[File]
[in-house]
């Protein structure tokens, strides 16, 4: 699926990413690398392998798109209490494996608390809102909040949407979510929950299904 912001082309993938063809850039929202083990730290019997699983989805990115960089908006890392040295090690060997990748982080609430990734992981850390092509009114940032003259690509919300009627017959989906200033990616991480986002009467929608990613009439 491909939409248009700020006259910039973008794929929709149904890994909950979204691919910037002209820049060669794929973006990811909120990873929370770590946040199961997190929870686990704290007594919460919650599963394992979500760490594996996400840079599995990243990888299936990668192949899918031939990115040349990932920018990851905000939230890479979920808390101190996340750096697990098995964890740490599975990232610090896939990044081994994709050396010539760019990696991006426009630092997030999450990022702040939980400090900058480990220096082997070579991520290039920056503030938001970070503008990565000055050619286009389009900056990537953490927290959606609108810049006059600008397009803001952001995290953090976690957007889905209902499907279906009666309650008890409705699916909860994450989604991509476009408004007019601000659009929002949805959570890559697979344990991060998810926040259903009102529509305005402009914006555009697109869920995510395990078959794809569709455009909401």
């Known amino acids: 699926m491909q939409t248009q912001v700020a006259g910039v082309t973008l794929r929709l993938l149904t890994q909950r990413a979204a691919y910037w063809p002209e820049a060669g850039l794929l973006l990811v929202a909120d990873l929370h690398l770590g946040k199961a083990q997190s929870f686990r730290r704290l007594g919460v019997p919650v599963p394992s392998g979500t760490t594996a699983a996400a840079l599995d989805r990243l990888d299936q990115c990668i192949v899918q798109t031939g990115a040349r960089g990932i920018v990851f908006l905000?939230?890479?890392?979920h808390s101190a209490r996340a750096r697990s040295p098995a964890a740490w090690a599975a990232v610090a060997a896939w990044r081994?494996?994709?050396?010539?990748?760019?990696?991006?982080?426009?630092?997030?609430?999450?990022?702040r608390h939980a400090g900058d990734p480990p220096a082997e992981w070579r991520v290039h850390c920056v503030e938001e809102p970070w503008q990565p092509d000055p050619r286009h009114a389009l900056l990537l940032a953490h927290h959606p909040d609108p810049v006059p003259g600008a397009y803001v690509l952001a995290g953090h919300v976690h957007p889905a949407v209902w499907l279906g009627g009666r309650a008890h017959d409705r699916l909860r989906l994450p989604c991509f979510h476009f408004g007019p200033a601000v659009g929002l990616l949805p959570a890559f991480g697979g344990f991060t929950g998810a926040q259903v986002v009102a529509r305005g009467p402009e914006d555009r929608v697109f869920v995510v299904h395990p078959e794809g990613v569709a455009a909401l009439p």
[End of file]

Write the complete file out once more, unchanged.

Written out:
[in-house]
């Protein structure tokens, strides 16, 4: 699926990413690398392998798109209490494996608390809102909040949407979510929950299904 912001082309993938063809850039929202083990730290019997699983989805990115960089908006890392040295090690060997990748982080609430990734992981850390092509009114940032003259690509919300009627017959989906200033990616991480986002009467929608990613009439 491909939409248009700020006259910039973008794929929709149904890994909950979204691919910037002209820049060669794929973006990811909120990873929370770590946040199961997190929870686990704290007594919460919650599963394992979500760490594996996400840079599995990243990888299936990668192949899918031939990115040349990932920018990851905000939230890479979920808390101190996340750096697990098995964890740490599975990232610090896939990044081994994709050396010539760019990696991006426009630092997030999450990022702040939980400090900058480990220096082997070579991520290039920056503030938001970070503008990565000055050619286009389009900056990537953490927290959606609108810049006059600008397009803001952001995290953090976690957007889905209902499907279906009666309650008890409705699916909860994450989604991509476009408004007019601000659009929002949805959570890559697979344990991060998810926040259903009102529509305005402009914006555009697109869920995510395990078959794809569709455009909401």
């Known amino acids: 699926m491909q939409t248009q912001v700020a006259g910039v082309t973008l794929r929709l993938l149904t890994q909950r990413a979204a691919y910037w063809p002209e820049a060669g850039l794929l973006l990811v929202a909120d990873l929370h690398l770590g946040k199961a083990q997190s929870f686990r730290r704290l007594g919460v019997p919650v599963p394992s392998g979500t760490t594996a699983a996400a840079l599995d989805r990243l990888d299936q990115c990668i192949v899918q798109t031939g990115a040349r960089g990932i920018v990851f908006l905000?939230?890479?890392?979920h808390s101190a209490r996340a750096r697990s040295p098995a964890a740490w090690a599975a990232v610090a060997a896939w990044r081994?494996?994709?050396?010539?990748?760019?990696?991006?982080?426009?630092?997030?609430?999450?990022?702040r608390h939980a400090g900058d990734p480990p220096a082997e992981w070579r991520v290039h850390c920056v503030e938001e809102p970070w503008q990565p092509d000055p050619r286009h009114a389009l900056l990537l940032a953490h927290h959606p909040d609108p810049v006059p003259g600008a397009y803001v690509l952001a995290g953090h919300v976690h957007p889905a949407v209902w499907l279906g009627g009666r309650a008890h017959d409705r699916l909860r989906l994450p989604c991509f979510h476009f408004g007019p200033a601000v659009g929002l990616l949805p959570a890559f991480g697979g344990f991060t929950g998810a926040q259903v986002v009102a529509r305005g009467p402009e914006d555009r929608v697109f869920v995510v299904h395990p078959e794809g990613v569709a455009a909401l009439p």